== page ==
Antitrust lawsuits were filed by Class Plaintiffs and 33 Attorneys General (“Plaintiffs”). These lawsuits claim there was a
conspiracy involving Apple and five top U.S. publishers, Hachette, HarperCollins, Macmillan, Penguin and Simon & Schuster, (“Settling Publishers") to fix and raise retail prices of E-books. The cases are known as In re Electronic Books Antitrust Litigation, No. 11-md-02293 and The State of Texas, et al., v. Penguin Group (USA) Inc., et al., No. 12-Civ-03394. These lawsuits were brought on behalf of consumers who purchased one or more qualifying E-books published by the Settling Publishers from April 1, 2010 through May 21, 2012 (“Eligible Consumers”). Apple denies that it did anything wrong.
The five Settling Publishers settled these claims before trial, resulting in $166 million in payments being made available to consumers (See Question 4).
A trial in the Attorney General lawsuit against Apple was held in June 2013. The District Court found Apple liable for violating antitrust laws, and set a date for a second trial to determine the amount of damages, if any, Apple should pay (the “damages trial”). Apple denies that it did anything wrong and appealed the Court’s finding of liability.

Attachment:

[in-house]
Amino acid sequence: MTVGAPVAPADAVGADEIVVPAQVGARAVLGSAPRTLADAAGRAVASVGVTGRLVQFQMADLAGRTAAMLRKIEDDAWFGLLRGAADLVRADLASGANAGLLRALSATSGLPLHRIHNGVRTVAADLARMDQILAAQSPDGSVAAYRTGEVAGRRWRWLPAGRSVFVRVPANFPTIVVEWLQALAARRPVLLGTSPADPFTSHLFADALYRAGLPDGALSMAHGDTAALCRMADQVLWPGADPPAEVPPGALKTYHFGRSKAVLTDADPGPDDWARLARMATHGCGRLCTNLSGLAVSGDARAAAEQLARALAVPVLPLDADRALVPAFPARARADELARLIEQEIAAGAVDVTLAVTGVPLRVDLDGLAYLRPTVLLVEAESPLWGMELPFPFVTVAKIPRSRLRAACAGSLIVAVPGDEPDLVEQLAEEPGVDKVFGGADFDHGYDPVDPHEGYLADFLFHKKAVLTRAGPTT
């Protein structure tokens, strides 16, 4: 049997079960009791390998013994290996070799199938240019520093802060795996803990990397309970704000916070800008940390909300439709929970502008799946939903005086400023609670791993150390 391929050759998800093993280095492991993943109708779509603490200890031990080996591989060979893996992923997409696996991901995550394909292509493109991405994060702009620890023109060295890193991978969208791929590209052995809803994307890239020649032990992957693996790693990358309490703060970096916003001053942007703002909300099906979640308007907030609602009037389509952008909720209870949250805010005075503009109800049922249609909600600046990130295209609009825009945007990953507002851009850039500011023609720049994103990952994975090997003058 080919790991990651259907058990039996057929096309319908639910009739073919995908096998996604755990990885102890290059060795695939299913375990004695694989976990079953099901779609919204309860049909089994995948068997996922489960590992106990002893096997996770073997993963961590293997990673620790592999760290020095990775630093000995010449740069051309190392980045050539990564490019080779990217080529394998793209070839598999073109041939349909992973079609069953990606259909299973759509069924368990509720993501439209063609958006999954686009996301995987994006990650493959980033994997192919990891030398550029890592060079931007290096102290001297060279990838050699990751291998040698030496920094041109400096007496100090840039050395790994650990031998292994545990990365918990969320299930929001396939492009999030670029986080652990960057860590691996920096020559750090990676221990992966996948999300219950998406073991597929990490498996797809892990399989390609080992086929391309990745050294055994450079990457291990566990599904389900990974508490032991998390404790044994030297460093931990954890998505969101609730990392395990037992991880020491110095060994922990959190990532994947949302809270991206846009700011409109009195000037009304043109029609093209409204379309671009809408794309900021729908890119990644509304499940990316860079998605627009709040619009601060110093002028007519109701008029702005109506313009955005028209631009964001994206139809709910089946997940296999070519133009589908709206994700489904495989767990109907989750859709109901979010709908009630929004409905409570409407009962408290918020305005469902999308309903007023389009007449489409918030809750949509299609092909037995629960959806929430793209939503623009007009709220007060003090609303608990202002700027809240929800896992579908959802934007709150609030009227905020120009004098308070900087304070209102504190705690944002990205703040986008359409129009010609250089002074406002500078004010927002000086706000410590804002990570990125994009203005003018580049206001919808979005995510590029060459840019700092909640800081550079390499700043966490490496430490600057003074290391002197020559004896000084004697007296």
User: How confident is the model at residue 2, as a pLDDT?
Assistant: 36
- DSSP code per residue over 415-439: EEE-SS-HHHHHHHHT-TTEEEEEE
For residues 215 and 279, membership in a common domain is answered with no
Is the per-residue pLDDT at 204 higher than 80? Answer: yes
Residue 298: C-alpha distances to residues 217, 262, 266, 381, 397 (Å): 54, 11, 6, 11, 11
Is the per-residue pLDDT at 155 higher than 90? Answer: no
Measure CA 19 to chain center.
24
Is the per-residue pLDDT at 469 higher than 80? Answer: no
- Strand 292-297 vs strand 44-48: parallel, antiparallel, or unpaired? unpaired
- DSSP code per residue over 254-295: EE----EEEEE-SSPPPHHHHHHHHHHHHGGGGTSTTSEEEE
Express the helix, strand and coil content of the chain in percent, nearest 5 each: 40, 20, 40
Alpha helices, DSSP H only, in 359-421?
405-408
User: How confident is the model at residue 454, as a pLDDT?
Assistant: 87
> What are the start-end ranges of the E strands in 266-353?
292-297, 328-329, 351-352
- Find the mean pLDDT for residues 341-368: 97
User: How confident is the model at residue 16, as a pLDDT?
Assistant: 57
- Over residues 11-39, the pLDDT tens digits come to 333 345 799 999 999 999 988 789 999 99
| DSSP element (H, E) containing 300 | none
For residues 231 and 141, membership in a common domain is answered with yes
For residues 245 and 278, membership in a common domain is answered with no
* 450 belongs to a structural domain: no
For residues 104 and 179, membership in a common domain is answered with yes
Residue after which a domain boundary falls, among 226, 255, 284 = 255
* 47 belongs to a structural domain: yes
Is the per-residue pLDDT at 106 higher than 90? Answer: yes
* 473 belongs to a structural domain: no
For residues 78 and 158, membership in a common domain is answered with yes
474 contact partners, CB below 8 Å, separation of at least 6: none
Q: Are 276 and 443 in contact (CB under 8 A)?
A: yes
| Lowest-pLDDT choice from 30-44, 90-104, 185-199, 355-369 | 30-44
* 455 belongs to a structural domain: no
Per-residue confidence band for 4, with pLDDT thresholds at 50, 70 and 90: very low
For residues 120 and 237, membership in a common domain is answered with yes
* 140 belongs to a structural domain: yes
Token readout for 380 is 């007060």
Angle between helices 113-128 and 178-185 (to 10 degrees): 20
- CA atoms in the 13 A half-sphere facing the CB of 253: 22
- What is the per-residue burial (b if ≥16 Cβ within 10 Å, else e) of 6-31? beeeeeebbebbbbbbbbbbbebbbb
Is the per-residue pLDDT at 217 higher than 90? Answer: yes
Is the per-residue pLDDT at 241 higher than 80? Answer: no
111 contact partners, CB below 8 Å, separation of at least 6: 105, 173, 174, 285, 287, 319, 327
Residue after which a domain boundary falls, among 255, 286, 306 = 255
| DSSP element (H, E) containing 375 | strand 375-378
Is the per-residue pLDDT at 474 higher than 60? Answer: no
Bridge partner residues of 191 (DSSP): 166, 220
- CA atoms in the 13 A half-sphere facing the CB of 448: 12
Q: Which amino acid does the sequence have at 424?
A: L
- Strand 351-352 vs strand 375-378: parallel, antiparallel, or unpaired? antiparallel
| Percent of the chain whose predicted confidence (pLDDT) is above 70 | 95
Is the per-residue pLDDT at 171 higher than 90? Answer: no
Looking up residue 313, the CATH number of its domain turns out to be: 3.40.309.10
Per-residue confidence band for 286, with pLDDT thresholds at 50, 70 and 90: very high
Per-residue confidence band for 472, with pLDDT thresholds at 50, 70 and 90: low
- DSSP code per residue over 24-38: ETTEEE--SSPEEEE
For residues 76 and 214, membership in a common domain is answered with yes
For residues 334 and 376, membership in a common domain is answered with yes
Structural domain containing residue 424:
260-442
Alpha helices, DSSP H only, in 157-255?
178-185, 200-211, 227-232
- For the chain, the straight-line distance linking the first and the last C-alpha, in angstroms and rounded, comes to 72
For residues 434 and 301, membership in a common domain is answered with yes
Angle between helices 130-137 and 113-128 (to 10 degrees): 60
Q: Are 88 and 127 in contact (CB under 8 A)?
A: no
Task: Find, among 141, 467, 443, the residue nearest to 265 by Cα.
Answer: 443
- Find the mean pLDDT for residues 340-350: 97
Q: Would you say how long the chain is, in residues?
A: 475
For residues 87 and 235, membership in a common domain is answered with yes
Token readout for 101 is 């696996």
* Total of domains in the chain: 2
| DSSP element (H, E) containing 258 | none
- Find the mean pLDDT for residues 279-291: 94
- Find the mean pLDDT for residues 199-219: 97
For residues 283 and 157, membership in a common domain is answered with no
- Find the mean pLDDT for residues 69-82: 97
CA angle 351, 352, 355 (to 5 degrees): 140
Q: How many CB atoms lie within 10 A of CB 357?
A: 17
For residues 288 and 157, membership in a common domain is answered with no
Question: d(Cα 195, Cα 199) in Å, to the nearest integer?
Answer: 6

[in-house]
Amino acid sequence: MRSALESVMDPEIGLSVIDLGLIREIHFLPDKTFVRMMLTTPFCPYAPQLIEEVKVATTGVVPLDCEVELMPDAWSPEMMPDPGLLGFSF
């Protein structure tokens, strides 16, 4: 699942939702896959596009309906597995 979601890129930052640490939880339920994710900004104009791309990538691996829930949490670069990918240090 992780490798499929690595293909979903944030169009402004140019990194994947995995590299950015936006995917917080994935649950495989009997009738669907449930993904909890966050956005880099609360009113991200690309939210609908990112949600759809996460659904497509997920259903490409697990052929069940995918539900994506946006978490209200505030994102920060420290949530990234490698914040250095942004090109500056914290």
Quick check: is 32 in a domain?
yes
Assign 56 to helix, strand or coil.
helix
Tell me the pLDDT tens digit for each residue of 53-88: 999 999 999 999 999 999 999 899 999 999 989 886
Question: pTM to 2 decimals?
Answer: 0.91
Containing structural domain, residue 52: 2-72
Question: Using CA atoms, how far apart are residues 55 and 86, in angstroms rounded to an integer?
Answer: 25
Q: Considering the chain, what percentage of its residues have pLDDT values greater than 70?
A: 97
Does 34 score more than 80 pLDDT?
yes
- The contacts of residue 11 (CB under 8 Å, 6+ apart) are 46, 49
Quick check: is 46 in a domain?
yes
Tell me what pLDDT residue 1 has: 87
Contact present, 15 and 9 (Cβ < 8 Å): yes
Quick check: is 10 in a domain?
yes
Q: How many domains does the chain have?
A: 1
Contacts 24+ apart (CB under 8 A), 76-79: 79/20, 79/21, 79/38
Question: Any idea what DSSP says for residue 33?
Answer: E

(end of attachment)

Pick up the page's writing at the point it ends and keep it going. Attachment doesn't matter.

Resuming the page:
Apple, the Attorneys General and Class Plaintiffs agreed to settle these lawsuits subject to the final outcome of Apple’s appeal.
The Second Circuit Court of Appeals affirmed the District Court’s ruling and the Supreme Court has refused to hear Apple’s appeal. Accordingly, the Apple settlement has gone into effect.